A Clearer Picture of Cloudy Eyes
A new study provides more insight into cataracts, the leading cause of vision loss and blindness in the elderly, finding that small pieces of a perfectly normal protein become toxic during the aging process.
A cataract results from deterioration in the highly ordered assembly of crystallin proteins in the eye lens. Normally, the ordered structure keeps lenses clear and able to efficiently transmit light. However, crystallins gradually break down during aging, causing the lens to become opaque and scatter light instead. Besides age, other risk factors such as diabetes, ultraviolet radiation, or drugs like corticosteroids can also contribute to cataracts.
Like cataracts themselves, the exact mechanisms governing their formation are cloudy, but Krishna Sharma and colleagues found that tiny bits of crystallin greatly contribute to this process.
They compared a range of human donor lenses and found that aged and cataract lenses accumulated about four times as many short (~10-20 amino acids) crystallin fragments compared to young lenses. These fragments could readily bind full-length crystallins, which disrupted their natural shape and organization and caused them to become insoluble.
Ironically, these tiny fragments are a by-product of the eye's efforts to stay healthy; when a crystallin becomes damaged, other proteins chew it up to remove it; but occasionally the process is incomplete, leaving tiny pieces that can cause greater damage.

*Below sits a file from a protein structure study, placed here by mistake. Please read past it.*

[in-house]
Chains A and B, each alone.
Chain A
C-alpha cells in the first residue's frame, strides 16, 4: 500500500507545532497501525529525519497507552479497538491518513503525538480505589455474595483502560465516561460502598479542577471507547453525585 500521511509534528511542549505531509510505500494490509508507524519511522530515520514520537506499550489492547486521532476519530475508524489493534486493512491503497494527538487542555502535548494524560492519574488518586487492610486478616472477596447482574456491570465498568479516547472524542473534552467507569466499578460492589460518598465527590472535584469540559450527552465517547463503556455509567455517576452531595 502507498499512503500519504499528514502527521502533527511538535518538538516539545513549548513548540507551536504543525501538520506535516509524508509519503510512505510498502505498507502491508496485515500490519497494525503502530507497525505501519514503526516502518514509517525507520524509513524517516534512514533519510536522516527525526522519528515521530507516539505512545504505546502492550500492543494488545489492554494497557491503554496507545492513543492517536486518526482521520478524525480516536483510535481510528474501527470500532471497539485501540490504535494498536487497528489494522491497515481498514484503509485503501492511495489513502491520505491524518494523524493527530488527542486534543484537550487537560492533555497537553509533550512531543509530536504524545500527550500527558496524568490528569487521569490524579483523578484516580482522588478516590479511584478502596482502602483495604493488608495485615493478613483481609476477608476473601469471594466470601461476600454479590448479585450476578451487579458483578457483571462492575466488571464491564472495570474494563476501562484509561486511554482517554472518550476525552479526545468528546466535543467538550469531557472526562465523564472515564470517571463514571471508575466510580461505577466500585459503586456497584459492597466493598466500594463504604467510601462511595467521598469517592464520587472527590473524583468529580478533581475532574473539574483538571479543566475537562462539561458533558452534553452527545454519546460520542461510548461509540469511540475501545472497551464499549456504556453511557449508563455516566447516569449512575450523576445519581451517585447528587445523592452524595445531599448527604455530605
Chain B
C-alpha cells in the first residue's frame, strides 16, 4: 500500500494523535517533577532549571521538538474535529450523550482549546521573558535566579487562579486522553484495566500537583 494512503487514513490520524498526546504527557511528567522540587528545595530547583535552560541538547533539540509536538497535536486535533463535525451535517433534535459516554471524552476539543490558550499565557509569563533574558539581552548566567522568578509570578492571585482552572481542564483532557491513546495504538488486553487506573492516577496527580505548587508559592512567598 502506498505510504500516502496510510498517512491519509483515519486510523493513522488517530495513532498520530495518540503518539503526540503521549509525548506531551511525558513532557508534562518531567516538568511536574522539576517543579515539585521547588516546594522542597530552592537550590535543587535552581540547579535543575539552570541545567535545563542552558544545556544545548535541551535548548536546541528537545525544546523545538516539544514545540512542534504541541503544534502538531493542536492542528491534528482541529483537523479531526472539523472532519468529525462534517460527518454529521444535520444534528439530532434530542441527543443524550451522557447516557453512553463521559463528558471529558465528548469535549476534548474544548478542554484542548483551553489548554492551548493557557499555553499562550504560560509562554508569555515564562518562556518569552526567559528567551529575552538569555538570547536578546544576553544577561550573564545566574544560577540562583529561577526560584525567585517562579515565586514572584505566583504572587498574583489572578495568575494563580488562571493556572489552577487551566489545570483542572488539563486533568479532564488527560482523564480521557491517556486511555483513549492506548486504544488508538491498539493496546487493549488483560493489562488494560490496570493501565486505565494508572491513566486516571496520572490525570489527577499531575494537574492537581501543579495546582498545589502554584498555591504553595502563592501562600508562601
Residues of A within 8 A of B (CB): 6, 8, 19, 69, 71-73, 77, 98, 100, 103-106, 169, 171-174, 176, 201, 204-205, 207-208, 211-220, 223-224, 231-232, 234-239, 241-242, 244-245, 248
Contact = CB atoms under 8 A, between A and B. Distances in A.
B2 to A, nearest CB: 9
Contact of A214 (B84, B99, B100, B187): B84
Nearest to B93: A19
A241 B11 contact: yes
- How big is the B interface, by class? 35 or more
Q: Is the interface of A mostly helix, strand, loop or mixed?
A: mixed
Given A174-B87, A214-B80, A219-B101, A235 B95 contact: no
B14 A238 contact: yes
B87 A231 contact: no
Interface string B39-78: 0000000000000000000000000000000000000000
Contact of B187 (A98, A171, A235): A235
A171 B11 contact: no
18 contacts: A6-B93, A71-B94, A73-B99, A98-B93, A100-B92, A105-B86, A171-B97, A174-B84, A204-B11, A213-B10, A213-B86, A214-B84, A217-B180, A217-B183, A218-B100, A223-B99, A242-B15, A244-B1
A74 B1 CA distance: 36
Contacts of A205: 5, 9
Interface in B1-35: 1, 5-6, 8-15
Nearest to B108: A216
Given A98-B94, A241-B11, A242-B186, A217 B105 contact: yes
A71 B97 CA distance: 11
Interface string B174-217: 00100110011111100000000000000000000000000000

Corresponding Author: K. Krishna Sharma, Department of Ophthalmology, University of Missouri School of Medicine, Columbia, MO; Phone: 573-882-8478, email: Sharmak@health.missouri.edu
ALS Aggregates are composed of only one protein
Researchers have provided a big new clue to help combat amyotrophic lateral sclerosis (ALS), deciphering that the dense protein aggregates that contribute to the nerve decay of ALS are composed of just one protein: superoxide dismutase (SOD1).
While the aggregation of mutated SOD1, a protein that normally protects cells from free radical damage, is a tell-tale sign of familial ALS, the exact composition of these aggregates has been unclear. Identifying the other proteins present and if they are modified in some way could help answer how they form and why they are so toxic.
Julian Whitelegge and colleagues Joan S. Valentine and David Borchelt used mass spectrometry to uncover the components of these aggregates and discovered, somewhat surprisingly, that they were composed almost entirely of SOD1 (some samples contained trace amounts of random abundant nerve proteins that likely got there by happenstance).
In addition, their analysis of ALS mouse spinal cords showed almost all the SOD1 was fully intact protein and not partial or damaged fragments. Likewise, the researchers did not find evidence for extensive chemical modifications (that were not readily removed by DTT treatment).
While many questions about these aggregates still remain, this study has given scientists a starting point, suggesting that aggregation is an intrinsic property of mutant SOD1, very much like the amyloid plaques associated with Alzheimer's.
Corresponding Author: Julian Whitelegge, The NPI-Semel Institute, David Geffen School of Medicine, UCLA; Phone: 310-794-5156; email: firstname.lastname@example.org
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